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Food Allies in the Weight War: Spices, Tea, and Fish
Seafood and spices offer metabolic rewards; Fish and other highly satiating foods seen as strong appetite suppressors 08/28/2006 by Craig Weatherby


A raft of new research—and some largely forgotten but highly significant findings from the 1990's—offers intriguing insights concerning the ever-popular subject of weight control, with all of the findings putting fish in a very good light.

We should say up front that there are no magic bullets.

The only truly effective way to manage your weight is to limit the size of portions served and consumed, and to pick foods according to their nutritional and health value and ability to satiate.


The satiety index: fish and other high-protein foods curb hunger

In 1995, researchers at the University of Sydney, Australia led by Dr. Suzanna Holt published a landmark study called “A satiety index of common foods”.
Dr. Holt's team gave calorie-identical servings of 38 foods (one food at a time) to groups of 11-13 subjects.
The foods covered the range, and were classified as fruits, bakery products, snack foods, carbohydrate-rich foods, protein-rich foods, or breakfast cereals (Holt SH et al 1995).
The participants' own perceptions of their degree of satiety (fullness and hunger-satisfaction) following consumption of each food were obtained every 15 min for two hours.
Two hours after finishing each test food, they were free to consume as much as they wanted of any of a group of standard foods and drinks.
The researchers measured the amounts of freely available food eaten after each calorie-identical satiety test, to provide an objective measure of how satiating the test food had really been.
And indeed, the amounts of food the participants ate after each two-hour test period corresponded closely to the satiety ratings, thus confirming the accuracy of these subjective perceptions. (In other words, the participants ate the smallest amounts of "optional" food after eating the foods that received the highest satiety ratings.)
When the study was over, it was clear that the foods with the highest “satiety index” scores were the densest, the tastiest, and the highest in protein, fiber, and water.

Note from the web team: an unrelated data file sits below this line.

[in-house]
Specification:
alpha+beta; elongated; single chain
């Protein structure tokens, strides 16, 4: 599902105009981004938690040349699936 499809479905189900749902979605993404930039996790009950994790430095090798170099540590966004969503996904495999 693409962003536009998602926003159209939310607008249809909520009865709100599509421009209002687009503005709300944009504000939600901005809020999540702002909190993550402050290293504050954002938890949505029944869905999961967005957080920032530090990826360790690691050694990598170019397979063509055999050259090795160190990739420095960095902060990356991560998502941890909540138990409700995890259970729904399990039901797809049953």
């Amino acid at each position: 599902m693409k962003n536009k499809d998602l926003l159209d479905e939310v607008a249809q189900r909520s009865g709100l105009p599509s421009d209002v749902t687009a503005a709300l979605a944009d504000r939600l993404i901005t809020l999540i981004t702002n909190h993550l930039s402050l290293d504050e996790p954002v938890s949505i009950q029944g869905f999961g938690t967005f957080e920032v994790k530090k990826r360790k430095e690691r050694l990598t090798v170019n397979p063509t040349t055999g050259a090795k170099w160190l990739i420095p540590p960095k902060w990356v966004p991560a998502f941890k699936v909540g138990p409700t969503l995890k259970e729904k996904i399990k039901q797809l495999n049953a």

In contrast, the foods with the highest amounts of fat or refined carbohydrates — snacks, desserts, breads, cereals, and cheese — received the lowest satiety scores and were the least effective at reducing subsequent food consumption.
Because of the strong relation Dr. Holt's team found between a food's degree of satiety and it's density (weight in relation to volume), many researchers now recommend choosing relatively heavy foods with relatively few calories: a calculation that eliminates most foods that are high in fat.
These favored, satiating foods are said to possess a low “caloric density”: a concept that nutritionist Barbara Rolls, Ph.D. popularized in her best-selling diet book, Volumetrics.
As it happens, protein is denser than carbohydrate and both of these macronutrients are denser than fat, which is much lighter than either by volume and contains more than twice the calories per gram (Protein and carbs contain four calories per gram while fat contains nine).
There seem to be two exceptions to the “fat-is-fattening” rule: omega-3s from fish and the monounsaturated fats in avocadoes and olive oil. See “Seafood seen as slimming”, below: we'll address olive oil in a future issue of Vital Choices.
Fish, fruits, beef, fiber, and beans earn high satiety scores

So which foods ranked the highest for satiety? The surprise winner in Dr. Holt's study was boiled potatoes, whose score was seven times higher than the lowest satiety score, for croissants.

But fish (ling cod), fruits, oatmeal, beans and beef were nestled together near potatoes at the top of the satiety scale. Fruits and oatmeal probably ranked high because they are high in water and fiber, while fish, beans, and beef likely earned very high scores because they are dense and high in protein.

We should note that vegetables were not included in the test, probably because the researchers assumed that such high-fiber, high-water foods would be filling, and because very few people overeat their vegetables. Still, it is unfortunate that none were among the 38 foods tested.